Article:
Given that, how can we prepare students to deal with change and ambiguity successfully? The terms growth mindset and lifelong learning seem clichéd at this point, but that's really what we're getting at here. Students must be prepared to face unstructured challenges by asking the right questions, and thinking analytically and creatively about solutions even if they’ve had no prior experience. Our interviewees often had to teach themselves new skills to come to a solution, or find the right expert to consult.

This requires both confidence, to believe in oneself to overcome a challenge, and vulnerability, to know when to seek out help from those more experienced. These "soft skills" can and should be trained in the context of school.

Furthermore, the fundamental structure of these workplaces was the team, not the individual, so social skills, especially communication, were key to getting things done and thriving in a team-based setting.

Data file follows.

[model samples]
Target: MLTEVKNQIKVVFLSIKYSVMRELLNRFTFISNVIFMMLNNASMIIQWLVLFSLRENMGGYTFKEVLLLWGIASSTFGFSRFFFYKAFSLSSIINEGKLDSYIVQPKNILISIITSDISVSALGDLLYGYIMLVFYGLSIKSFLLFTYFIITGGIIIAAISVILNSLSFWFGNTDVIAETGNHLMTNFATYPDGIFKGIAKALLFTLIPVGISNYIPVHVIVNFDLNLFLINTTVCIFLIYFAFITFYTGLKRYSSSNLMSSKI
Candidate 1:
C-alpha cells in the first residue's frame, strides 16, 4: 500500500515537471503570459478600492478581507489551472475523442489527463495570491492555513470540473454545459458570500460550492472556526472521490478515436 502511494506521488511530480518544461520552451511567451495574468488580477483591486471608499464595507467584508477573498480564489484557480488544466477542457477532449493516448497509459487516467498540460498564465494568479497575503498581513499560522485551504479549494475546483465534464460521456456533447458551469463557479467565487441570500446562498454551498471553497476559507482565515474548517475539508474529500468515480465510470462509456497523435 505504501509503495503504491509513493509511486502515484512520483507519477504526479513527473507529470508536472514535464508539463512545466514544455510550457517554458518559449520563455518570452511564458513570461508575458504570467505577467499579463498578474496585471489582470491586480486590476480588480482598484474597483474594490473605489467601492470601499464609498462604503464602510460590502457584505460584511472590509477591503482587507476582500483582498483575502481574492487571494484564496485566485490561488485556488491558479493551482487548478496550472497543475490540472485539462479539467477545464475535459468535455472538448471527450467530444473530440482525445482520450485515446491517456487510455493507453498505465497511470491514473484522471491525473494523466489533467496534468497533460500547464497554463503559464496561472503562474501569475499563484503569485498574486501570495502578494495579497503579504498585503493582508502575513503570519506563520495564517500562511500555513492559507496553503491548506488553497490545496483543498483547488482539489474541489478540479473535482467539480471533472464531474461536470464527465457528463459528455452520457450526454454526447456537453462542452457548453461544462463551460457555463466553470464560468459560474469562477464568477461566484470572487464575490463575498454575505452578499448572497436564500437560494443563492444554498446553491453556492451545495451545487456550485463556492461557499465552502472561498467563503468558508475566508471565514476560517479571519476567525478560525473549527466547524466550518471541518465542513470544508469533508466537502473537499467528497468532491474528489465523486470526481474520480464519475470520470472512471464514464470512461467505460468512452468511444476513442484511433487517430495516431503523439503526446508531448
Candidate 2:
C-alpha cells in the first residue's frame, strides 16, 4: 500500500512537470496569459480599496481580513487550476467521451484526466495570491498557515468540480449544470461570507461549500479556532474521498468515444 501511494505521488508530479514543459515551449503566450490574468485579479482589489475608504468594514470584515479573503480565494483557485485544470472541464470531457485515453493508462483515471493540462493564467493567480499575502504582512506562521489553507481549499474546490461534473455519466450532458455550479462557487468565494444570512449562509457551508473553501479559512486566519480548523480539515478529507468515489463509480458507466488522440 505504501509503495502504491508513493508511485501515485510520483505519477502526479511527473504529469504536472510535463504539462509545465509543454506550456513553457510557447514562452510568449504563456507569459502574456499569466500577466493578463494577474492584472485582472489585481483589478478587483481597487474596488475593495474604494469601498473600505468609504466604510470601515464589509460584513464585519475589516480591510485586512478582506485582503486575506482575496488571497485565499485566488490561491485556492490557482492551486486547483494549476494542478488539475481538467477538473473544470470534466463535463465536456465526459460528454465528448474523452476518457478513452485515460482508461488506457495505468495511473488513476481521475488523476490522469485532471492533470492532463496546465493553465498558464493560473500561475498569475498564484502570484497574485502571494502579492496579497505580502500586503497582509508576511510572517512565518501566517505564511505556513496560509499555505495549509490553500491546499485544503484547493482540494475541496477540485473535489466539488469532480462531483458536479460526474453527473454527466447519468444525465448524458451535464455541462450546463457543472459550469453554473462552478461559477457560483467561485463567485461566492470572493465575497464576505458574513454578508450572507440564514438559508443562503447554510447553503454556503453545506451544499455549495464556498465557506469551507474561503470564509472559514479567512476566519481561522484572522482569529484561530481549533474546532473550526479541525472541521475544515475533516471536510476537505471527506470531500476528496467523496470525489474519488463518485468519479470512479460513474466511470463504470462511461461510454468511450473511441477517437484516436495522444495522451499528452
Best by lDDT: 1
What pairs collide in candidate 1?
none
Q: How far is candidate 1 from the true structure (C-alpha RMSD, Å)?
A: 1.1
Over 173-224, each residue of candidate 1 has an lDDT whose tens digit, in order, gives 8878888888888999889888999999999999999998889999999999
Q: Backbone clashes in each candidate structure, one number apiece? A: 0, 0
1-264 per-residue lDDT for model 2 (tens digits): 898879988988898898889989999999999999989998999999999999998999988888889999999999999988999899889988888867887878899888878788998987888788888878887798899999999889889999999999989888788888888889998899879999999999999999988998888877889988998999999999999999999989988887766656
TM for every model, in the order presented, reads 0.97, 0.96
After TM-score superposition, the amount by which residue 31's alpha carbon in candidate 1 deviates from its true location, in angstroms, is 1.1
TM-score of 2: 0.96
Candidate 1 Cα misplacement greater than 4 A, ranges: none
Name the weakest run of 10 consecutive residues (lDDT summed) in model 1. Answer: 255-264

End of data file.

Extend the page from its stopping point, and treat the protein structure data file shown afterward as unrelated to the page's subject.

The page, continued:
Finally, we found that underlying most if not all the interviewees’ motivation to face new challenges at work was a genuine curiosity to learn and to improve. Finding ways to encourage this curiosity in school by making learning meaningful and rewarding will help students seek out and overcome intellectual challenges throughout their lives.

What is a provocation or insight that might inspire others during this challenge?